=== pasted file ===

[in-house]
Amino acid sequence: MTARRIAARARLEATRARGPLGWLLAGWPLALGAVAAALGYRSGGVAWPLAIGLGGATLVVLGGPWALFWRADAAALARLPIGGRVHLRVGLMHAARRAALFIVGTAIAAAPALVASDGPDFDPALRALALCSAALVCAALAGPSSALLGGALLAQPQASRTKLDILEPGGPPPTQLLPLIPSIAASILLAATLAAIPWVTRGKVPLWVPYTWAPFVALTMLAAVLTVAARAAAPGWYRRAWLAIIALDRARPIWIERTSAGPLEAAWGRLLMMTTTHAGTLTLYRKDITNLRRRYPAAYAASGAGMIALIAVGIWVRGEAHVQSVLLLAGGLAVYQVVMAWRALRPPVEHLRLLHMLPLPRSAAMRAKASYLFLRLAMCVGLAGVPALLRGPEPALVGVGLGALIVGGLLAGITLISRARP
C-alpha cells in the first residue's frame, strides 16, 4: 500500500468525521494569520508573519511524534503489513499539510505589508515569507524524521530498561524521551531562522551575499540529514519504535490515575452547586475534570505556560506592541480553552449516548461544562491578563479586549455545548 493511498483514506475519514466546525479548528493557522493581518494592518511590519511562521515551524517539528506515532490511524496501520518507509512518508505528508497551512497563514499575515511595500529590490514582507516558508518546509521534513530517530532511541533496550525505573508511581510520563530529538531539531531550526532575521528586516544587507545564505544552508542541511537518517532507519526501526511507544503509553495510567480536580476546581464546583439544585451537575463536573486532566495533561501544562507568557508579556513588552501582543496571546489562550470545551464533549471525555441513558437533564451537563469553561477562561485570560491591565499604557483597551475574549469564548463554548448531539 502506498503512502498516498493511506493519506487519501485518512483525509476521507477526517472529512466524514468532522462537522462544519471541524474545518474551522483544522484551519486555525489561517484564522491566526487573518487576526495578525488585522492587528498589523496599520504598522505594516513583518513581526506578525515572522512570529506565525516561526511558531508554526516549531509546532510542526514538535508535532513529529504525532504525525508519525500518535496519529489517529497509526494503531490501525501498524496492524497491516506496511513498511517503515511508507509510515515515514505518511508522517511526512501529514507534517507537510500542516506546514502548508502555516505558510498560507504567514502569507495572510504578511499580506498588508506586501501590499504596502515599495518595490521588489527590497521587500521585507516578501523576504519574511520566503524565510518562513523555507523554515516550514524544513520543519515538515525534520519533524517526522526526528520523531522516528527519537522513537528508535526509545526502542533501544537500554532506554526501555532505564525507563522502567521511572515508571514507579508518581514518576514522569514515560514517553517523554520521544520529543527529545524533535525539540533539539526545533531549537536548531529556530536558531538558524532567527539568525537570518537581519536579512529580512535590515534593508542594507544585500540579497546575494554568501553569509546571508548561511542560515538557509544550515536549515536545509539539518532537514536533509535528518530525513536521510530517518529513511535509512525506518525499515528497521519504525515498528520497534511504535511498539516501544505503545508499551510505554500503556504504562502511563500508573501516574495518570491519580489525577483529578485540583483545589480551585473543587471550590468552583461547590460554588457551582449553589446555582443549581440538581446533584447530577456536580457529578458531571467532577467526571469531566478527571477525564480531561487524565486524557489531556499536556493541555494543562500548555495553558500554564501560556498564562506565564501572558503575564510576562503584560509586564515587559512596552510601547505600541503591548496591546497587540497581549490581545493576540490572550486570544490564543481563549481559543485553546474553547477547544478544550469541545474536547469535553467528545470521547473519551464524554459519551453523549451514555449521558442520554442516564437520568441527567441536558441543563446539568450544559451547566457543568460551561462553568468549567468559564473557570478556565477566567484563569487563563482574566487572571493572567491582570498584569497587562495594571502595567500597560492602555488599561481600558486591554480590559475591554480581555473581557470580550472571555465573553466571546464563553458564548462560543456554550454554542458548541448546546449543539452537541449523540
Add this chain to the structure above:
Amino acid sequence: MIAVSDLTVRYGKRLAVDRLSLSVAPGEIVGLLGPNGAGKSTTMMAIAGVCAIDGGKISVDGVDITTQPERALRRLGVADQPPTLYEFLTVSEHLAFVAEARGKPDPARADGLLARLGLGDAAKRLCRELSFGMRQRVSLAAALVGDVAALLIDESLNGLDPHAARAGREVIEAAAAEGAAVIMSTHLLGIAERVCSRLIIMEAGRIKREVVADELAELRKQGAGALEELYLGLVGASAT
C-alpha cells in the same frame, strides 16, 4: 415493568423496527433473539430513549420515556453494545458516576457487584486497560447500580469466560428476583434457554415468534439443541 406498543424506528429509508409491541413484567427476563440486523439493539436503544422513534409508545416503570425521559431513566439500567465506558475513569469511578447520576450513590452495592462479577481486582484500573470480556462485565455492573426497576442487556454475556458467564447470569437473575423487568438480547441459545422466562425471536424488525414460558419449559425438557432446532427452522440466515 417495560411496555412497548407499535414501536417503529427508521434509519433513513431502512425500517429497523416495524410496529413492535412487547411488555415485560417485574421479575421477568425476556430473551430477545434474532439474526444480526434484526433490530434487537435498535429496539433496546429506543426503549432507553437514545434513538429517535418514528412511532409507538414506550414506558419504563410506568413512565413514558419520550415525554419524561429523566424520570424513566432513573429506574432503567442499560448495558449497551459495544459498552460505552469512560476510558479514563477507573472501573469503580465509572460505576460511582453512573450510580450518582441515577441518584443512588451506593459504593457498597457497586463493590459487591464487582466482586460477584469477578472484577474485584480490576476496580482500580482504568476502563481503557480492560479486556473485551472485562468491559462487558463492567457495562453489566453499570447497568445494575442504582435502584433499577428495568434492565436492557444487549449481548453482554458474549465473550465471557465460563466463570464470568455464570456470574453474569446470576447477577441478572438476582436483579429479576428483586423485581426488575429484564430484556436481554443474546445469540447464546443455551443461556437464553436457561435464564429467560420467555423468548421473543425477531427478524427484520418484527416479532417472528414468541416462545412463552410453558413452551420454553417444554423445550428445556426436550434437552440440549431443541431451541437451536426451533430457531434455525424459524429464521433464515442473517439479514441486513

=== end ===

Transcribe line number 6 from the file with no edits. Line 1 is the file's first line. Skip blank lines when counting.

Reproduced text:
C-alpha cells in the same frame, strides 16, 4: 415493568423496527433473539430513549420515556453494545458516576457487584486497560447500580469466560428476583434457554415468534439443541 406498543424506528429509508409491541413484567427476563440486523439493539436503544422513534409508545416503570425521559431513566439500567465506558475513569469511578447520576450513590452495592462479577481486582484500573470480556462485565455492573426497576442487556454475556458467564447470569437473575423487568438480547441459545422466562425471536424488525414460558419449559425438557432446532427452522440466515 417495560411496555412497548407499535414501536417503529427508521434509519433513513431502512425500517429497523416495524410496529413492535412487547411488555415485560417485574421479575421477568425476556430473551430477545434474532439474526444480526434484526433490530434487537435498535429496539433496546429506543426503549432507553437514545434513538429517535418514528412511532409507538414506550414506558419504563410506568413512565413514558419520550415525554419524561429523566424520570424513566432513573429506574432503567442499560448495558449497551459495544459498552460505552469512560476510558479514563477507573472501573469503580465509572460505576460511582453512573450510580450518582441515577441518584443512588451506593459504593457498597457497586463493590459487591464487582466482586460477584469477578472484577474485584480490576476496580482500580482504568476502563481503557480492560479486556473485551472485562468491559462487558463492567457495562453489566453499570447497568445494575442504582435502584433499577428495568434492565436492557444487549449481548453482554458474549465473550465471557465460563466463570464470568455464570456470574453474569446470576447477577441478572438476582436483579429479576428483586423485581426488575429484564430484556436481554443474546445469540447464546443455551443461556437464553436457561435464564429467560420467555423468548421473543425477531427478524427484520418484527416479532417472528414468541416462545412463552410453558413452551420454553417444554423445550428445556426436550434437552440440549431443541431451541437451536426451533430457531434455525424459524429464521433464515442473517439479514441486513